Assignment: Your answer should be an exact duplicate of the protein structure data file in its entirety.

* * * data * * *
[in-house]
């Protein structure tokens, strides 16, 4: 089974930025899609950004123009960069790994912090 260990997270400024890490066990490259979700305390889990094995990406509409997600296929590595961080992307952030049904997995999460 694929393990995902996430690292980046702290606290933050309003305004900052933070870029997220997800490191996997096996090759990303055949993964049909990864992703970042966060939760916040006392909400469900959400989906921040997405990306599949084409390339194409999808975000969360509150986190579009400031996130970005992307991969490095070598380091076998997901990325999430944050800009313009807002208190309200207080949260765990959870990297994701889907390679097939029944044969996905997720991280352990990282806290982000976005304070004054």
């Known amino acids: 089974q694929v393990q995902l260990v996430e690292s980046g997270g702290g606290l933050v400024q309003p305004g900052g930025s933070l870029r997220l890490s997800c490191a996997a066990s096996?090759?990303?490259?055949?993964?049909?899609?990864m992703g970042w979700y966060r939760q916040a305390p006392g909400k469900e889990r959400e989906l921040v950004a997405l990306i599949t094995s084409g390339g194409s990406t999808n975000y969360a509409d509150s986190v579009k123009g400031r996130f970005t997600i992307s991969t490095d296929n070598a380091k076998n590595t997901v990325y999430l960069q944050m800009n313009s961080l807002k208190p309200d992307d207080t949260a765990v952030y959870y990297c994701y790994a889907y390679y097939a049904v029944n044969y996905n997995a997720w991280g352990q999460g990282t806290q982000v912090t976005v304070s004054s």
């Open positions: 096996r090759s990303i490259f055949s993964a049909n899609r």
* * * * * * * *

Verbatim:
[in-house]
């Protein structure tokens, strides 16, 4: 089974930025899609950004123009960069790994912090 260990997270400024890490066990490259979700305390889990094995990406509409997600296929590595961080992307952030049904997995999460 694929393990995902996430690292980046702290606290933050309003305004900052933070870029997220997800490191996997096996090759990303055949993964049909990864992703970042966060939760916040006392909400469900959400989906921040997405990306599949084409390339194409999808975000969360509150986190579009400031996130970005992307991969490095070598380091076998997901990325999430944050800009313009807002208190309200207080949260765990959870990297994701889907390679097939029944044969996905997720991280352990990282806290982000976005304070004054």
């Known amino acids: 089974q694929v393990q995902l260990v996430e690292s980046g997270g702290g606290l933050v400024q309003p305004g900052g930025s933070l870029r997220l890490s997800c490191a996997a066990s096996?090759?990303?490259?055949?993964?049909?899609?990864m992703g970042w979700y966060r939760q916040a305390p006392g909400k469900e889990r959400e989906l921040v950004a997405l990306i599949t094995s084409g390339g194409s990406t999808n975000y969360a509409d509150s986190v579009k123009g400031r996130f970005t997600i992307s991969t490095d296929n070598a380091k076998n590595t997901v990325y999430l960069q944050m800009n313009s961080l807002k208190p309200d992307d207080t949260a765990v952030y959870y990297c994701y790994a889907y390679y097939a049904v029944n044969y996905n997995a997720w991280g352990q999460g990282t806290q982000v912090t976005v304070s004054s």
């Open positions: 096996r090759s990303i490259f055949s993964a049909n899609r």